In a 2005 interview, architect Oscar Niemeyer confessed, “I prefer to think like André Malraux, who said, ‘I keep inside myself, in my private museum, everything I have seen and loved in my life.’” Artist John Brooks, in his second solo show with Moremen Gallery, appears to share Niemeyer’s affinities. We All Come and Go Unknown, on view until August 21, 2021, includes nearly two dozen oil paintings that teem with references to beloved cities, films, novels, artists, actors and friends from Brooks’ global queer community.
The most captivating of the paintings are the largest, which give Brooks ample space to create impossible meetings of contemporary and historical figures. In Mind Over Matter is Magic, Marlene Dietrich, dressed in tuxedo and top hat, poses assuredly next to Helene Abelen (modeled after August Sander’s 1926 photograph of the painter’s wife); to their right is a swarthy young man in screaming red pants and an orange Ferrari shirt. Like Dietrich, he stands with his hands in his pockets, hip cocked in a classic pose of effortless cool. Brook’s brushstrokes are soft and hurried, and the lack of detailed work adds to the scene’s fleeting, dream-like quality.
James Baldwin appears as a tripled apparition in An Irrevocable Condition, wearing sunglasses, a plaid suit and paisley tie as he hovers just above or behind (perspective isn’t a priority for Brooks) two suave and handsome men relaxing on an ornate sofa. The palette is slightly unnerving: acrid yellow, citron, olive and lime dominate, with pale corals and teals that recall a Florida beachside cliche abutting swaths of harsh red-orange and crimson. The deep indigos of the seated men’s suiting and the brown and black of Baldwin’s skin and hair offer small respites from the surrounding shock of color. Yet the piece retains a spirit of welcoming, the men’s demure gazes and casual postures inviting us to take a seat in the open space between them. The gay man and the Black man both struggle for liberation, but here in the dreamworld of painting, they can luxuriate in safety and sartorial splendor.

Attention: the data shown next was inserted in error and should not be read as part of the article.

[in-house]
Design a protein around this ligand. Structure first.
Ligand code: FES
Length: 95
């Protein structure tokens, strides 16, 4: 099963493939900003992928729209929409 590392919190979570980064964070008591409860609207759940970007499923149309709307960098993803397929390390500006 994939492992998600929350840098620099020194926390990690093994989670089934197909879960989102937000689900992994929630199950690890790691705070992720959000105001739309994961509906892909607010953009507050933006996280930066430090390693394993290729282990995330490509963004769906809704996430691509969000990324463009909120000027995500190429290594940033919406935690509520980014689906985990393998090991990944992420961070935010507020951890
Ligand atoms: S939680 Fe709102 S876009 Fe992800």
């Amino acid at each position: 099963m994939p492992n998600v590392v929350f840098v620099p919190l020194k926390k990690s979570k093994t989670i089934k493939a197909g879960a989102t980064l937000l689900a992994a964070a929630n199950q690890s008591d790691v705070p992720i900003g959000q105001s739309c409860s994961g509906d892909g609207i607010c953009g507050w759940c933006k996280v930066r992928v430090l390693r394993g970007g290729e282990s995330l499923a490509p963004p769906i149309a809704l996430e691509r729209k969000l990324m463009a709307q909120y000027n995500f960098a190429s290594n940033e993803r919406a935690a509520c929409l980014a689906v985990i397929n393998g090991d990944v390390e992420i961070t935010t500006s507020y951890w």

The pop singer Nick Jonas makes an appearance in no less than three paintings, injecting a wry sort of humor and serving as a symbol of a younger generation’s comfort with more ambiguous notions of sexuality and masculinity. His presence is most arresting in the show’s titular work, which depicts the musician in a violet tunic against a lavender sky and green triangular trees taken from a 1921 woodcut by Karl Schmidt Rottluff. Beside him sit two straw-colored poodles, one directing a languid eye at the viewer and the other with its head arched back in a kind of barbaric yawp. Jonas stares somewhere off in the distance, his left eye and cheekbone obscured in shadow.
A poodle also features in Halsey Neck, perhaps the most powerful work in the show, and its least fantastic: there are no celebrities, no Old World night clubs, no art historical references. Within a spare landscape of grassy beach, the artist stands in a blue Speedo with a black poodle, alert and loyal, to his left. In the foreground, a naked man with his back to the viewer turns to regard us with the suggestion of suspicion. He is right to be guarded: this is not, after all, a painterly imagining of libertine 1930s Berlin, but real life that persists with real dangers for openly gay men. This is Brooks at his most vulnerable and honest, daring to share a beautifully personal moment from his own private museum.